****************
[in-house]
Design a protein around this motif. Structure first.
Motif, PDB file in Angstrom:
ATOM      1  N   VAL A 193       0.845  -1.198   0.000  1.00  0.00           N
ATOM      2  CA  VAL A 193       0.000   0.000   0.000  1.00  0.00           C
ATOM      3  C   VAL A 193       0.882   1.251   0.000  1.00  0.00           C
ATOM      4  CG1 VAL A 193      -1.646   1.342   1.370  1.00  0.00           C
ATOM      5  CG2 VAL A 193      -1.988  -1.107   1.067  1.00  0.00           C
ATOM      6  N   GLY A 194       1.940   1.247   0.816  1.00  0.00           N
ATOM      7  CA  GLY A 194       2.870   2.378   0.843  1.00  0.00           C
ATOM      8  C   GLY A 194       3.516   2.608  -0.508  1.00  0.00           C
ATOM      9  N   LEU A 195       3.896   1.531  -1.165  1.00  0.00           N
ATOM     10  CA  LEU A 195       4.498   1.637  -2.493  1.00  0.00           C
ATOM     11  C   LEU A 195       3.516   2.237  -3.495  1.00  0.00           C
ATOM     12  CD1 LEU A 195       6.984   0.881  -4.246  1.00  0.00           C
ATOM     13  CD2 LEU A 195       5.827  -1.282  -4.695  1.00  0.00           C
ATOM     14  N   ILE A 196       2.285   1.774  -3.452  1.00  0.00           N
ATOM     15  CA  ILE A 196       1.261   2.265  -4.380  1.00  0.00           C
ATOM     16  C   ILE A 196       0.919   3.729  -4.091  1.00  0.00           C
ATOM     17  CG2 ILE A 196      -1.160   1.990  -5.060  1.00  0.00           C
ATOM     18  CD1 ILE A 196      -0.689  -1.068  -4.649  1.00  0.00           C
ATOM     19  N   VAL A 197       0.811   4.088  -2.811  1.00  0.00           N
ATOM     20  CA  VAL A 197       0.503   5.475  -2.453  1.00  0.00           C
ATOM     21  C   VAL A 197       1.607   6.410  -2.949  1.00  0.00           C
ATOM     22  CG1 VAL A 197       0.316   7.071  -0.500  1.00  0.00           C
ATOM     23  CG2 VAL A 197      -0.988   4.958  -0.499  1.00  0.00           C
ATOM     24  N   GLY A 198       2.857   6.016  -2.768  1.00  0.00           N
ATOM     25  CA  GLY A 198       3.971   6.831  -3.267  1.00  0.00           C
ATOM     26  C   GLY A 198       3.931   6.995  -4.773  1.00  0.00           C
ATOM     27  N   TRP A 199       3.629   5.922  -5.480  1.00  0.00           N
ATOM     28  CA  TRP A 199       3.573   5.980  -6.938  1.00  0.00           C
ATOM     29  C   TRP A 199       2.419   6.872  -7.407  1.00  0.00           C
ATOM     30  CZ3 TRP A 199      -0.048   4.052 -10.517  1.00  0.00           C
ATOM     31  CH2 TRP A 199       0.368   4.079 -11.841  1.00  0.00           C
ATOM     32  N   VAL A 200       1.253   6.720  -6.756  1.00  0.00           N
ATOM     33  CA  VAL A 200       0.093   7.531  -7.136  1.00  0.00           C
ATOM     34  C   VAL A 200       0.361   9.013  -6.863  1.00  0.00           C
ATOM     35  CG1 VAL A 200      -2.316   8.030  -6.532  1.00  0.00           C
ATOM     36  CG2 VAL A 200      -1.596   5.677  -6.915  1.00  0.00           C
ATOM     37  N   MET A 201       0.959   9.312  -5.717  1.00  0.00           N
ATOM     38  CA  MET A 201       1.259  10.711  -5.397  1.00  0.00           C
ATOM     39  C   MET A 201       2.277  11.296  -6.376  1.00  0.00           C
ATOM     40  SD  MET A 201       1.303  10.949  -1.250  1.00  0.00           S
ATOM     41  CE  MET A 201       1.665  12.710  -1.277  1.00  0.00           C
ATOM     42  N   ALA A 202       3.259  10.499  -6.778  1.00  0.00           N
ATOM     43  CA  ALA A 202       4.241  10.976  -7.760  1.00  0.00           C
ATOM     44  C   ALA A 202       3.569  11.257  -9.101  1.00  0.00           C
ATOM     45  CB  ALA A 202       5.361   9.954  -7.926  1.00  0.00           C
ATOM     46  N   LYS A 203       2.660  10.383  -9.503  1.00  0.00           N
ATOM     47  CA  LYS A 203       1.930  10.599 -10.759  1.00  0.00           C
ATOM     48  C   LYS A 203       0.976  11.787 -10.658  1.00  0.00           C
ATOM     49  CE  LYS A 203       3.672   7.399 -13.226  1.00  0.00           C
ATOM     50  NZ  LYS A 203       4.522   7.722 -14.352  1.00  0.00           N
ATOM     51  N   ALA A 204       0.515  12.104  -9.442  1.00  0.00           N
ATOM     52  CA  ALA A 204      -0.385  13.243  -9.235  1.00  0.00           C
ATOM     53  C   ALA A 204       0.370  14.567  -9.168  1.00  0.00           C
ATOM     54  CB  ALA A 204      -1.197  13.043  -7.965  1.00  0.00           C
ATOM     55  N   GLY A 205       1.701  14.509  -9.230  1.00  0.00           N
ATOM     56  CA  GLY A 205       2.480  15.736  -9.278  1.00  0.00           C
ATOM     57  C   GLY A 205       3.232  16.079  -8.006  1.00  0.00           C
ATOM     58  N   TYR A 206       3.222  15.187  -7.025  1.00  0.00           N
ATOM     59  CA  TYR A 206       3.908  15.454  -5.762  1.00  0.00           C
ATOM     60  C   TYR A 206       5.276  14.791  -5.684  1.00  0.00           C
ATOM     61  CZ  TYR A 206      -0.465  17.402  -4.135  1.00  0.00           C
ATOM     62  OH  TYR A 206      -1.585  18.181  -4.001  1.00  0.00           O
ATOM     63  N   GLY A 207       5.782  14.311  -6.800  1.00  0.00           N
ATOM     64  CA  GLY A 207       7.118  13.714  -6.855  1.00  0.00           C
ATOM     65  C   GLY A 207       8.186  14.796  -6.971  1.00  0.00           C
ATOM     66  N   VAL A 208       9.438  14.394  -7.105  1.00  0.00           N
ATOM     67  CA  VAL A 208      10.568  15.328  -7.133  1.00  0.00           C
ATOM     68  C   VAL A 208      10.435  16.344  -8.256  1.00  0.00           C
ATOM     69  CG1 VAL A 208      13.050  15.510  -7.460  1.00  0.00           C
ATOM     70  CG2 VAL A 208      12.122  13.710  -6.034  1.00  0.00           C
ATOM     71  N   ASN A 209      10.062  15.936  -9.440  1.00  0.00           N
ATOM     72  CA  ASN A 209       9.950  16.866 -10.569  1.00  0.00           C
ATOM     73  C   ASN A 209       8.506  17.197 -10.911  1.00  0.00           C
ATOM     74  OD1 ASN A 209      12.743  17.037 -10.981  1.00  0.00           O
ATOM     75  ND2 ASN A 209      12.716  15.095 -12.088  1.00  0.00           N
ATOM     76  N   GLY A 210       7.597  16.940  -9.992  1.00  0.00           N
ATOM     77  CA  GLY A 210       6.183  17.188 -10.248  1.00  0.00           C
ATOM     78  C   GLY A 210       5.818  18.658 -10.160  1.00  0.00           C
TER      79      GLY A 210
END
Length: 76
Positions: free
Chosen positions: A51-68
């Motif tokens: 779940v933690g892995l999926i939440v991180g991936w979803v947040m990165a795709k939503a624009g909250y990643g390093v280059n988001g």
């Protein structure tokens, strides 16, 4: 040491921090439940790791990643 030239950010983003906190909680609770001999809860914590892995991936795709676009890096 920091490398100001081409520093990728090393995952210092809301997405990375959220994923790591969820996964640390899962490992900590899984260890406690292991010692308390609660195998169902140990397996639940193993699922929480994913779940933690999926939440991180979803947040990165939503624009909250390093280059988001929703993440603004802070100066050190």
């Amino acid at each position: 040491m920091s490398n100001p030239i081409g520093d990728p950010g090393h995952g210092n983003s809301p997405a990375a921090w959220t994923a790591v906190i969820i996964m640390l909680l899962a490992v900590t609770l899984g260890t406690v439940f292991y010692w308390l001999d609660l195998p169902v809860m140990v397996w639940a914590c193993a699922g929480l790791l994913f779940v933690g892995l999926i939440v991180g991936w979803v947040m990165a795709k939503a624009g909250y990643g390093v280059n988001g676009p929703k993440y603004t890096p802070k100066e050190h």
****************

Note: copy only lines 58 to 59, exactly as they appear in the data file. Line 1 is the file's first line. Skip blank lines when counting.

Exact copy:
ATOM     55  N   GLY A 205       1.701  14.509  -9.230  1.00  0.00           N
ATOM     56  CA  GLY A 205       2.480  15.736  -9.278  1.00  0.00           C